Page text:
7. Now we check if the message was intercepted. A and B choose \(n\) bits out of the \(2n\) bits, then compare them through an unencrypted line. Two things can happen:
    1. If A and B agree on all \(n\) bits, they can safely use the rest of \(n\) bits as key.
    2. If A and B don’t agree on all \(n\) bits, that means someone has intercepted the message, they should not use these bits.

The logic is that when someone intercepts a qubit, she has to make a measurement based on a basis that is also randomly chosen, because she does not know which basis was chosen by A. Then the hacker has to make a “clone” of the qubit and send it to B. However, that is impossible since measuring a qubit changes its superposition. When all three parties agree on the same basis, the bit B gets would be the same as what A sent; when the hacker does not agree with A and B, half the time the recorded bits would be the same, the other half the time the recorded bits would be different. So even when A and B chose the same bases, about a quarter of those \(\approx 2n\) bits would be different.

Chapter 4: Entanglement

This is one of the shortest chapter in the book (13 pages) but also one of the most important one, many details and proofs in this note are not covered by the book.

When two qubits are entangled, measurement on one of the qubit affects the superposition of the other qubit.

Suppose we have two unentangled qubits in superposition \(\ket{v}\) and \(\ket{w}\):

\[ \ket{v} = c_0\ket{a_0} + c_1\ket{a_1} \]

\[ \ket{w} = d_0\ket{b_0} + d_1\ket{b_1} \]

The super position of these qubits are the tensor product of their superpositions:

\[ \begin{align} \ket{v}\otimes\ket{w} &= (c_0\ket{a_0} + c_1\ket{a_1})\otimes(d_0\ket{b_0} + d_1\ket{b_1}) \\ &= c_0d_0\ket{a_0}\otimes\ket{b_0} + c_0d_1\ket{a_0}\otimes\ket{b_1} + c_1d_0\ket{a_1}\otimes\ket{b_0} + c_1d_1\ket{a_1}\otimes\ket{b_1} \end{align} \]

Notice that tensor product is not communicative, so \(\ket{v}\ket{w} \neq \ket{w}\ket{v}\).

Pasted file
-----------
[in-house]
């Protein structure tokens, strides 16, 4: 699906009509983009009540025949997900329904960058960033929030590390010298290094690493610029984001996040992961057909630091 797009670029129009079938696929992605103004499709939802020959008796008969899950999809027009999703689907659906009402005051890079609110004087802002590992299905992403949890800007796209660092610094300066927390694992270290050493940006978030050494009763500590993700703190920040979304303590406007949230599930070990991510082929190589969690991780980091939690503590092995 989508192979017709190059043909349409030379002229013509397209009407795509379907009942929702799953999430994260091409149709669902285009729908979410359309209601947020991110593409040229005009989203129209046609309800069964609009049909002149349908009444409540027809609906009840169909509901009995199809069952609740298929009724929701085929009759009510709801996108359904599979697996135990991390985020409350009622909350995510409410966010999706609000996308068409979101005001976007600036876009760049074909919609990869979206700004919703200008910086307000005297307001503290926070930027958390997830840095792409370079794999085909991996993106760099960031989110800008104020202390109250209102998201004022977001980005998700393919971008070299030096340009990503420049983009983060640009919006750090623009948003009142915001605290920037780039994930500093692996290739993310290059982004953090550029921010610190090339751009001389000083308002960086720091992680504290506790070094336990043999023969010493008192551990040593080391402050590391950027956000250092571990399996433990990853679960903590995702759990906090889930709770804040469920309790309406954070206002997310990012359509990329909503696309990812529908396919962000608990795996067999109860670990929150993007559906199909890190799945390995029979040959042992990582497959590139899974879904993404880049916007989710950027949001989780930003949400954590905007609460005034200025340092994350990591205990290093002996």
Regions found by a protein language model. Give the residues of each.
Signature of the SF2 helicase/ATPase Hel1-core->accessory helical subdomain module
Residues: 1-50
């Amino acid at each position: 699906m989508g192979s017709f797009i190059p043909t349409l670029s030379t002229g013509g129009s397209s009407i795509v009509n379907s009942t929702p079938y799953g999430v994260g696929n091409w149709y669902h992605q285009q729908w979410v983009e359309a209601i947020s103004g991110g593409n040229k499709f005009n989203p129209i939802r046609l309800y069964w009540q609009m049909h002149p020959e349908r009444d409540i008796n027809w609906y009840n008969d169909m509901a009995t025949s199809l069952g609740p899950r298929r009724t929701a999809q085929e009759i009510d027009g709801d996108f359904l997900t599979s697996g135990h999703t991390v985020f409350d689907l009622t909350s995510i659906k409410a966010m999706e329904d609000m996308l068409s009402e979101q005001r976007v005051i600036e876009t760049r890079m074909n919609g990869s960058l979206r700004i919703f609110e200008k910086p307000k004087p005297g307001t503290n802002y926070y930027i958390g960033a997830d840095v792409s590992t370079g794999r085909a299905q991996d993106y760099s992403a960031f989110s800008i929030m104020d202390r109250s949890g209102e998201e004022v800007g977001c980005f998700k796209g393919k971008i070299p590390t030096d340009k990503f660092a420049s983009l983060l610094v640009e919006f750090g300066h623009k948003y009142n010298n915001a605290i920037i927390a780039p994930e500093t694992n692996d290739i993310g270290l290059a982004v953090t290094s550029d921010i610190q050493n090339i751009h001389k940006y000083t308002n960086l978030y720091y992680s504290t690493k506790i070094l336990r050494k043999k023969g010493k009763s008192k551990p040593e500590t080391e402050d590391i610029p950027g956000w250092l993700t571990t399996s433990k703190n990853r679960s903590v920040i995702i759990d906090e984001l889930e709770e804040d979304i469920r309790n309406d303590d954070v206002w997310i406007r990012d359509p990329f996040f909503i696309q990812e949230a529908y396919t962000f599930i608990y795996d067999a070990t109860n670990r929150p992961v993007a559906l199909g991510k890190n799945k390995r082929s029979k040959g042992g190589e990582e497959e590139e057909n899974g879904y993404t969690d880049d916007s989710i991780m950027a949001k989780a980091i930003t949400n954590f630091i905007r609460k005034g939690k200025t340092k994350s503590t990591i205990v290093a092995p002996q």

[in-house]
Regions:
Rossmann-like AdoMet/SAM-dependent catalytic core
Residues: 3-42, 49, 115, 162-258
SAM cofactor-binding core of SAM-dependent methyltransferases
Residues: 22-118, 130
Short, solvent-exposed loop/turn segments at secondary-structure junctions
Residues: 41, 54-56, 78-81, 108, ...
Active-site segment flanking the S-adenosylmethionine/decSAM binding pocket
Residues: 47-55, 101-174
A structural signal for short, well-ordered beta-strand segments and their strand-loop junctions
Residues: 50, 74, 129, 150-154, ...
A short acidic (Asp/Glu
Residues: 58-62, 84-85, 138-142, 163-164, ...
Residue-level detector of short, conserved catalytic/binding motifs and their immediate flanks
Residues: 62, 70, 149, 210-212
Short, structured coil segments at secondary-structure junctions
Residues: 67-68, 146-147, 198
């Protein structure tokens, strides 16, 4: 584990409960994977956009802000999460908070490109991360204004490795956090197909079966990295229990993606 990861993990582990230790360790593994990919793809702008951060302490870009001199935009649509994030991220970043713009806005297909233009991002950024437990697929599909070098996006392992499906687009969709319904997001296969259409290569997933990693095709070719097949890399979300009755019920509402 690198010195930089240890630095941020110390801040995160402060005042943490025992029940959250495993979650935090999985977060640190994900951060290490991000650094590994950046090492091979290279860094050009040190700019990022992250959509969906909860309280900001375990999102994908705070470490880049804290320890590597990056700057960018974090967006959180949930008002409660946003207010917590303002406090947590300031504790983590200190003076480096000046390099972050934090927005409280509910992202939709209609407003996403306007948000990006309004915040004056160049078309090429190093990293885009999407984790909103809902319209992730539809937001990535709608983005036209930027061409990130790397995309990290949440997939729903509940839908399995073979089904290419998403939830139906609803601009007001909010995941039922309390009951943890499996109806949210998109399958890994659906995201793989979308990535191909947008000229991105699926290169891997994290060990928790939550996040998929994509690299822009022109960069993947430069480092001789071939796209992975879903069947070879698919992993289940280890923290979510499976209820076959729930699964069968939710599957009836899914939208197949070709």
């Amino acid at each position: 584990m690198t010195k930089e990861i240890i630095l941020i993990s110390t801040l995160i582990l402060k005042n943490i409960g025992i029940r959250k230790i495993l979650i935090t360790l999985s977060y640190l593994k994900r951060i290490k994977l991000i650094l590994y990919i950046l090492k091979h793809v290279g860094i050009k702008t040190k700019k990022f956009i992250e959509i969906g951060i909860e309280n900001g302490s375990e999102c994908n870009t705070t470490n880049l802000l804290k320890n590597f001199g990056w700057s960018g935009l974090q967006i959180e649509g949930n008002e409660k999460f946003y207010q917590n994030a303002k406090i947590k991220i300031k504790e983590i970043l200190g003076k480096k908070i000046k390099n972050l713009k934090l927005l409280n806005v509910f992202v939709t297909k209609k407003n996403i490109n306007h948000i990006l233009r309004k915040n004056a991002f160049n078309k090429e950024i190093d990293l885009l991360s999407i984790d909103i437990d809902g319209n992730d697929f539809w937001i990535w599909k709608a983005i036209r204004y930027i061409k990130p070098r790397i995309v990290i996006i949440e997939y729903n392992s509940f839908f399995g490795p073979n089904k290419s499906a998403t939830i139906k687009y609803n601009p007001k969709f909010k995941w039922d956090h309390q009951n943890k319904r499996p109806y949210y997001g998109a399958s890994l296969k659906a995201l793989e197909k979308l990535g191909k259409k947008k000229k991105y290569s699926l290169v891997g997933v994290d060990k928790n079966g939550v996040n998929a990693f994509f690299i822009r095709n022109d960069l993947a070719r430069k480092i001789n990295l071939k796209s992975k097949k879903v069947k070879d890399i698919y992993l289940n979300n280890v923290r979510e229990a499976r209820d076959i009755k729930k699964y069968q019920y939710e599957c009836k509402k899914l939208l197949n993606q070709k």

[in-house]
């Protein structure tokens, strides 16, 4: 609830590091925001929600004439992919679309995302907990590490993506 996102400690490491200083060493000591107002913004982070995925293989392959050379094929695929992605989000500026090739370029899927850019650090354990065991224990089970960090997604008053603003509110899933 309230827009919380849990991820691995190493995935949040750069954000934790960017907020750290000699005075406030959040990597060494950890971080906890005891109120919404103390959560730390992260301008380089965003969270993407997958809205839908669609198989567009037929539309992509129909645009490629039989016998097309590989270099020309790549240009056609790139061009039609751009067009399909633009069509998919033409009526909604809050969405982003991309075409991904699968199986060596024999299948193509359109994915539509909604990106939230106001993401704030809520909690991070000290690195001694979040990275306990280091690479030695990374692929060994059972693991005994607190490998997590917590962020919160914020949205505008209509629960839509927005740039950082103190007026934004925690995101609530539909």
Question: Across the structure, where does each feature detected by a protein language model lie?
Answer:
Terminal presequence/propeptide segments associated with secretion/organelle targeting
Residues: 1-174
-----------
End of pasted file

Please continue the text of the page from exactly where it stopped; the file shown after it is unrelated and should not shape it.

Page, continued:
\[ \begin{bmatrix} x_0 \\ x_1 \end{bmatrix}\otimes\begin{bmatrix} y_0 \\ y_1 \end{bmatrix} = \begin{bmatrix} x_0y_0 \\ x_0y_1 \\ x_1y_0 \\ x_1y_1 \end{bmatrix} \]

When two kets are written together, it denotes the tensor product, so the above equation can also be written as

\[ \ket{v}\ket{w} = c_0d_0\ket{a_0}\ket{b_0} + c_0d_1\ket{a_0}\ket{b_1} + c_1d_0\ket{a_1}\ket{b_0} + c_1d_1\ket{a_1}\ket{b_1} \]

Basis of Entangled State

Proof: \((\ket{a_0}\ket{b_0}, \ket{a_0}\ket{b_1}, \ket{a_1}\ket{b_0}, \ket{a_1}\ket{b_1})\) is the new orthonormal basis of the superposition.

Assume \(\{\ket{a_0}, \ket{a_1}\}\) and \(\{\ket{b_0}, \ket{b_1}\}\) are two orthonormal bases of \({\rm I\!R}^2\), then the tensor product of any two pairs of vectors from each basis are also orthonormal, given they do not equal to each other.

Proof of normal:

Pick any vector \(\ket{a_0}\) from the first basis and any vector \(\ket{b_0}\) from the second basis,

\[ \ket{a_0}\ket{b_0} = \begin{bmatrix} a_{00} \\ a_{01} \end{bmatrix}\otimes\begin{bmatrix} b_{00} \\ b_{01} \end{bmatrix} = \begin{bmatrix} a_{00}b_{00} \\ a_{00}b_{01} \\ a_{01}b_{00} \\ a_{01}b_{01} \end{bmatrix} \]

\[ \begin{align} {\lvert\ket{a_0}\ket{b_0}\rvert}^2 &= a_{00}^2b_{00}^2 + a_{00}^2b_{01}^2 + a_{01}^2b_{00}^2 + a_{01}^2b_{01}^2 \\ &= a_{00}^2(b_{00}^2 + b_{01}^2) + a_{01}^2(b_{00}^2 + b_{01}^2) \\ &= (a_{00}^2 + a_{01}^2)(b_{00}^2 + b_{01}^2) \\ &= 1 \times 1 \\ &= 1 \end{align} \]

Proof of orthogonality:

Pick any vector \(\ket{a_0}\) from the first basis, pick any two vectors \(\ket{b_0}\) and \(\ket{b_1}\) from the second basis, calculate their inner product

\[ \begin{align} \langle\ket{a_0}\ket{b_0},\ket{a_0}\ket{b_1}\rangle &= \langle\begin{bmatrix} a_{00}b_{00} \\ a_{00}b_{01} \\ a_{01}b_{00} \\ a_{01}b_{01} \end{bmatrix}, \begin{bmatrix} a_{00}b_{10} \\ a_{00}b_{11} \\ a_{01}b_{10} \\ a_{01}b_{11} \end{bmatrix}\rangle \\ &= a_{00}b_{00}a_{00}b_{10} + a_{00}b_{01}a_{00}b_{11} + a_{01}b_{00}a_{01}b_{10} + a_{01}b_{01}a_{01}b_{11} \\ &= (a_{00}^2 + a_{01}^2)(b_{00}b_{01} + b_{01}b_{11}) \\ &= {\lvert\ket{a_0}\rvert}^2 \times \langle\ket{b_0}, \ket{b_1}\rangle \\ &= 1 \times 0 \\ &= 0 \end{align} \]

Entanglement Superposition

The entanglement of two qubits can always be expressed as

\[ \ket{v}\ket{w} = c_0\ket{a_0}(d_0\ket{b_0} + d_1\ket{b_1}) + c_1\ket{a_1}(d_2\ket{b_0} + d_3\ket{b_1}) \]

or

\[ \ket{v}\ket{w} = (c_0\ket{a_0} + c_1\ket{a_1})d_0\ket{b_0} + (c_2\ket{a_0} + c_3\ket{a_1})d_1\ket{b_1} \]

Constructing a valid entanglement state is easy in this form, as long as \(c_0^2 + c_1^2 = c_2^2 + c_3^2 = d_0^2 + d_1^2 = d_2^2 + d_3^2 = 1\).

Which form is used depends on which qubit is measured first, if we express it in the first form, that means the first qubit is measured before the second one. If the measurement of the first qubit turns out to be \(\ket{a_0}\), the second qubit’s super position will be \(d_0\ket{b_0} + d_1\ket{b_1}\); if the measurement of the first qubit turns out to be \(\ket{a_q}\), the second qubit’s super position will be \(d_2\ket{b_0} + d_3\ket{b_1}\).